This is a 2014 American fantasy war film directed by Noam Murro.
It is a follow-up to the 2007 film "300" during and after the main events of its predecessor and based on the Battle of Artemisium and the Battle of Salamis.
The slow-motion battle scenes are technically impressive and occasionally elegant, but there's enough machismo after seeing the first "300".
In any case, it is a profoundly entertaining film with its superb production design, unique costumes, brilliantly choreographed battle sequences and stunning computer graphics.
Taking place before, during, and after the action in "300" Noam Murro’s grand comic book of a film again sacrifices historical accuracy for a heady overdose of flesh and blood. Godlike Xerxes, king of the Persians, has just defeated Leonidas, king of the Spartans, and is now setting his sights on conquering the remaining Greek city-states. Only general Themistokles (Aussie hunk Sullivan Stapleton) stands between him and final victory, and the plucky Athenian is not about to give up without a fight. But can Themistokles convince all of Greece, including Leonidas’ headstrong widow Queen Gorgo ("Game of Thrones" bitch extraordinaire Lena Headey), to join forces in time to defeat the Persian navy? In the end it all boils down to a series of strategic face-offs between the Athenian and his equally determined female counterpart, Persian commander Artemisia, thus setting the stage for one epic naval battle after another. Filmed with the same glossy CGI bravura as its predecessor, "Rise of an Empire" certainly looks breathtaking enough with cameras swooping birdlike over warships as they ride gargantuan waves and fountains of blood gush, spurt, and explode across the screen. Murro’s computer generated vistas of ancient Greece seem lifted right from storybook plates with an impossibly large moon hovering over scenes of carnage and a mythical Athens filled with sunlit temples and golden fields of wheat—he even throws in a few monstrous sea serpents just to remind us that we’re essentially watching an adult cartoon come to life. And then there’s the endless parade of ridiculously gorgeous men wearing little more than miniskirts and loincloths flexing and strutting in front of the lens before disembowelling one another with their long, hard, throbbing swords. It’s all nonsense and make-believe of course, and the grandiose dialogue too often dips into cliché and hyperbole, but it still packs a dramatic wallop and the visuals are superb.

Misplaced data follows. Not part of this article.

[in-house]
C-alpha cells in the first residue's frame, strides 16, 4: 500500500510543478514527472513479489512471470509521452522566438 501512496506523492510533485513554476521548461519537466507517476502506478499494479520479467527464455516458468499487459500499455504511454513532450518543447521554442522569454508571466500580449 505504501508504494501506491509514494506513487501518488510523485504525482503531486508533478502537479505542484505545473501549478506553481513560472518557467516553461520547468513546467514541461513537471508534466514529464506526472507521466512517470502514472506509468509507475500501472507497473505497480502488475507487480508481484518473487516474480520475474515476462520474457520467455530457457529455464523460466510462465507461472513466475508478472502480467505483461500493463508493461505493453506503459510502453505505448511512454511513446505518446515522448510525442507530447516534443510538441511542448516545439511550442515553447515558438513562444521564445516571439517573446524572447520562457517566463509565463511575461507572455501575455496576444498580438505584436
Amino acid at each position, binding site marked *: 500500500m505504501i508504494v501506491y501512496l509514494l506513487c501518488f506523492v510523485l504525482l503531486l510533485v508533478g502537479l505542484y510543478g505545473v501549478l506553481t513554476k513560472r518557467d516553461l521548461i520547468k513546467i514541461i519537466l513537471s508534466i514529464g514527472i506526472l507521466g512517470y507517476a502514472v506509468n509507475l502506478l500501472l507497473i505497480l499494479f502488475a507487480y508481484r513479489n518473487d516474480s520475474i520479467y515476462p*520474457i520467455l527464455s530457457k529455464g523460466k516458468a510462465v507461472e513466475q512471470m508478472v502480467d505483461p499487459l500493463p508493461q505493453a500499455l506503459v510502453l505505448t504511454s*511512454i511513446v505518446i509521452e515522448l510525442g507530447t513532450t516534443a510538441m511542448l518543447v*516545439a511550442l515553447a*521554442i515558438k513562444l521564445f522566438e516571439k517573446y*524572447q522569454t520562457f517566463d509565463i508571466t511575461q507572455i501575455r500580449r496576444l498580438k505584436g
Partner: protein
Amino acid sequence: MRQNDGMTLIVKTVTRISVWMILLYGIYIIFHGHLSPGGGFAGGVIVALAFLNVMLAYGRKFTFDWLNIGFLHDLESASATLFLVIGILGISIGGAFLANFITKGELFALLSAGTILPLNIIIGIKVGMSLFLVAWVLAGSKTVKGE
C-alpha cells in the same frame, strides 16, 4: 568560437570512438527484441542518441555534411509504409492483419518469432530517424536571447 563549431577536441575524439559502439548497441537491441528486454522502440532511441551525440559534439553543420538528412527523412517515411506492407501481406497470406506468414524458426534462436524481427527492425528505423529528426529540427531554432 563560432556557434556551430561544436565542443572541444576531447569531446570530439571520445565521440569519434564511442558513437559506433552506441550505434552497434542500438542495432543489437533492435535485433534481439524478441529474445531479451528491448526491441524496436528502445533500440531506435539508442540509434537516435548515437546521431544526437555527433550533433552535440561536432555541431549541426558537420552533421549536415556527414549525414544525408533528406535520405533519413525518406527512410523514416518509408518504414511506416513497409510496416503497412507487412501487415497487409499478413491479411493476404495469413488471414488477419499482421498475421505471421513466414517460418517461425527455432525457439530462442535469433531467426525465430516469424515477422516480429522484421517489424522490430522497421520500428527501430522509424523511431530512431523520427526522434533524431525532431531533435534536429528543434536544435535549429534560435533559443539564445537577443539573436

This one is poorly written and has silly, hackneyed lines. I noticed several lines seemed to be plagierized from the Spartacus TV series. It's not as entertaining as the first 300 film. Some of the visual effects are decent, but overall this movie is not worth watching.
Crap. Violence. And so on. Don't anyone read history? any more.
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